I know that some folks get steamed up about Christians who adhere to Christmas as a celebration. Some even go so far as to say that these people ‘must be unsaved’. Oh dear! As both a pastor and a Bible researcher I know that this arises from a genuine desire to be scriptural. But, to make such harsh decisions is wrong. We must separate the content and aim of celebrating Christmas (etc.), from the idea of it as an holiday. (2012 note: Besides, those who ‘celebrate’ Christmas usually do so out of habit and poor teaching, not as a personal belief).

Over the years as a pastor I have come to see there is no point in trying to bludgeon people into accepting the truth. All I can do is present it. The rest is up to the individual’s conscience and the work of the Holy Spirit. Should I cast these people out of fellowship or treat them with disdain? No, I must not.

Mostly, Christians adhere to Christmas, Easter, etc., because of poor teaching. Some do so because of ignorance. Others do so out of a genuine belief that we ought to celebrate these festivals. But, most celebrate a ‘belief’ that is not really a ‘belief’ at all, but a long-held misconception. As a pastor I must distinguish each kind of reason and apply a different answer to each! It is my task to guide the sheep – not to obliterate them! We should not assume that a misplaced regard for a festival is a sign of their unsaved state, or of a blatantly-paganistic mind!

Yes, those who keep to heretical beliefs even when shown the truth need a strict response. However, the rest usually have no idea what they are doing, so it is up to me to teach them. I know that no-one in our small church holds to these festival days as festivals, because I have taught them and they know my stance. They all share the same beliefs, because they are true beliefs held in their hearts.

We must also distinguish the notion of holding a festival and the use of Christmas trees, etc. This is an entirely different situation and must not be mixed with the aims! Almost no Christian who has a Christmas tree, etc., knows the origin of the practice. As with so many other practices, they need teaching… but we have no right to force them to obey. Only the Holy Spirit has the right and power to change minds and hearts. And what if the person has a tree simply because it is pretty? Is this not the same as the person in Jesus’ time who buys meat in the market that came from a pagan rite? We are told in that case that if we have a clear conscience and do not share in the rite, we do not sin! If a person has a Christmas tree because it is pretty, and does not share the pagan origins, is this not the same kind of thing? The question is rhetorical, for each will have a personal slant.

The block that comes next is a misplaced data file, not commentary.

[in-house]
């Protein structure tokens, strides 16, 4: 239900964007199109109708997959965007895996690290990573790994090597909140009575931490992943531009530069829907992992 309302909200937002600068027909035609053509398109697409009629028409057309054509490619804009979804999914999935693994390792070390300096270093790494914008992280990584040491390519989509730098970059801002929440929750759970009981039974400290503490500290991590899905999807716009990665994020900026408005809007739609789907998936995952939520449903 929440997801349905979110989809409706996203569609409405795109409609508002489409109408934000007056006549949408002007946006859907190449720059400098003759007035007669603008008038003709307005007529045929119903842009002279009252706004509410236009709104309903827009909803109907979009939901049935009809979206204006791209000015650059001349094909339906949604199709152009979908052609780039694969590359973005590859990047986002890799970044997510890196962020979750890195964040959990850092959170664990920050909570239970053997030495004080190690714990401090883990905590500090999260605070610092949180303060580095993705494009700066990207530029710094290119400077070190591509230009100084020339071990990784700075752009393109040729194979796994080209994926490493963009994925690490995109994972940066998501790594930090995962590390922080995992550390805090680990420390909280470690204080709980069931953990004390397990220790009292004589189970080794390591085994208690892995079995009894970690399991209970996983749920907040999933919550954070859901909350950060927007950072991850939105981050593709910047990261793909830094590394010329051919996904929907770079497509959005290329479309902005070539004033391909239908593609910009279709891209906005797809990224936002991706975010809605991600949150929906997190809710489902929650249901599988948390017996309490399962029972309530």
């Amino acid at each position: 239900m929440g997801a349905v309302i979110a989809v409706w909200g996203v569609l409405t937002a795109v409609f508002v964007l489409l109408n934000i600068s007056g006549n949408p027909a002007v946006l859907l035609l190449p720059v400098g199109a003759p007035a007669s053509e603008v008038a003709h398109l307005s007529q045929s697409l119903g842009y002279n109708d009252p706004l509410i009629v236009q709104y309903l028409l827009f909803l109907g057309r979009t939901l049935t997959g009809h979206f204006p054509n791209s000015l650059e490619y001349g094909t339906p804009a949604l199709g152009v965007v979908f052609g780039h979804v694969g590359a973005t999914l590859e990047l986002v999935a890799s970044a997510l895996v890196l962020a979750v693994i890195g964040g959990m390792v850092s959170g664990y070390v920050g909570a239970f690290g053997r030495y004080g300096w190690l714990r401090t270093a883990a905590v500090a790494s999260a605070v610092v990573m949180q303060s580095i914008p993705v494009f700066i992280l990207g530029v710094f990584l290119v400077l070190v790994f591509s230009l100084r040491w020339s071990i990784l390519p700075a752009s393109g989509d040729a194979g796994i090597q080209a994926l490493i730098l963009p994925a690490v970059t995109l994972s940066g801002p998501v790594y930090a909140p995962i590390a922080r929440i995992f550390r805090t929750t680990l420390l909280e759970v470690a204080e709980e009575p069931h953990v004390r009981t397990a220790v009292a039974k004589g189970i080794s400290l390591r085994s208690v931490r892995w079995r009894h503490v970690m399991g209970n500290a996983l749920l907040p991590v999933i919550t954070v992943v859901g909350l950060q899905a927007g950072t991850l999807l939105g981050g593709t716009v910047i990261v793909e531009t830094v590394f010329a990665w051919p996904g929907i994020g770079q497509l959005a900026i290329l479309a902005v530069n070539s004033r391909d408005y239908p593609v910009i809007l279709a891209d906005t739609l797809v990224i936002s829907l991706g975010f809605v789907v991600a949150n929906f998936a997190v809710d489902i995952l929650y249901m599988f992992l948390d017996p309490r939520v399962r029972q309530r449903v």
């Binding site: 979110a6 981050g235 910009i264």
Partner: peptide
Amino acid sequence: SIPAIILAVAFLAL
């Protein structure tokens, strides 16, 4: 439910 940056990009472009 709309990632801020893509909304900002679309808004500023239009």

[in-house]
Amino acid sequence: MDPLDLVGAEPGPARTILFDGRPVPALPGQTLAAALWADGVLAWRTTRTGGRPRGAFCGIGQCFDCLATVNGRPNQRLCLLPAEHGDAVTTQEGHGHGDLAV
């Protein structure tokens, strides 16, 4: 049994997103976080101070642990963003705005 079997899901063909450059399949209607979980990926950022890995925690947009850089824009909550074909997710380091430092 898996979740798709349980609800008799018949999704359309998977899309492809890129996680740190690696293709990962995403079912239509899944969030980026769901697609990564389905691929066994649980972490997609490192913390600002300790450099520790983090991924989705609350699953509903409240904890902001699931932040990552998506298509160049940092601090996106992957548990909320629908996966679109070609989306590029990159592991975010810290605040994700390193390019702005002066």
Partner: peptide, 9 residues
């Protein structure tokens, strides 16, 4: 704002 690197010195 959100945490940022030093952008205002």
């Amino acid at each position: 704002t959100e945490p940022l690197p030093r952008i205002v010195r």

We must remember the New Testament teaching about the eating of meats, because its principles apply to many other situations, including the use of Christmas and Easter incidentals.

In Hebrews 13:9 we see that the heart is established with grace; not with meats. Jesus sat with sinners to eat meat (Mat. 9:10), because His aim was to teach God’s word. If we eat meat that causes a brother to be grieved, then do not eat it in his presence (Romans 14:15); the one who eats with the deliberate aim of causing offence is sinning (Romans 14:20). Whether we eat or not, neither will destroy God’s word (1 Cor. 8:8), but we should beware not to cause others to stumble. Do you understand the principles here? Use proper judgment, not judgmentalism.

“Let no man… judge you in meat, or in drink, or in respect of an holyday, or of the new moon, or of the Sabbath (days).” (Col.2:16). If we try to control the consciences of others, we become guilty ourselves, as verses 18, 19 tell us… in our warnings we are puffed up and try to divide the Body of Christ. This is why we may not accuse a Christian of not being saved, or wicked, just because he or she observes a fake festival! As verses 20, 21 tell us, if we are “dead with Christ” why are we so heated about ordinances (touch not; taste not; handle not). If someone genuinely believes they ought to observe the birth of Christ, then so be it, so long as they are able to differentiate it from the Romanist celebration.

There is an old saying… ‘oh that others would be as I am’!! How full of pride! If, by God’s grace and mercy, I have reached a more mature understanding of certain things, it does not give me the right to rip anyone else apart just because God has not yet instructed them in their souls. If the matter is utterly serious and cannot be set aside for now, then we must act. But, I hope the issue of festivals is now settled… even if some continue in their observance. Leave it to their consciences and to the Holy Spirit. Teach wisely and do not rant.

And remember this: the practice of attending Jewish synagogues for meetings continued in the Christian churches for about 300 years after Christ, even though Christ had done away with Judaism! Yet, they took part in Jewish rites and observances. Dare we assume that all of them were therefore unsaved... including some of the Apostles? Dare we utter such a startling declaration when we do not know each person and his heart? How, then, can we say someone who still observes Christmas as Christmas, is unsaved? Perhaps unwise – but unsaved? Beware! 



NOTE: For a more detailed treatment of Easter, see separate article (A-029)

© June 1992 (revised November 2013)

Published on

Bible Theology Ministries - PO Box 415, Swansea, SA5 8YH
United Kingdom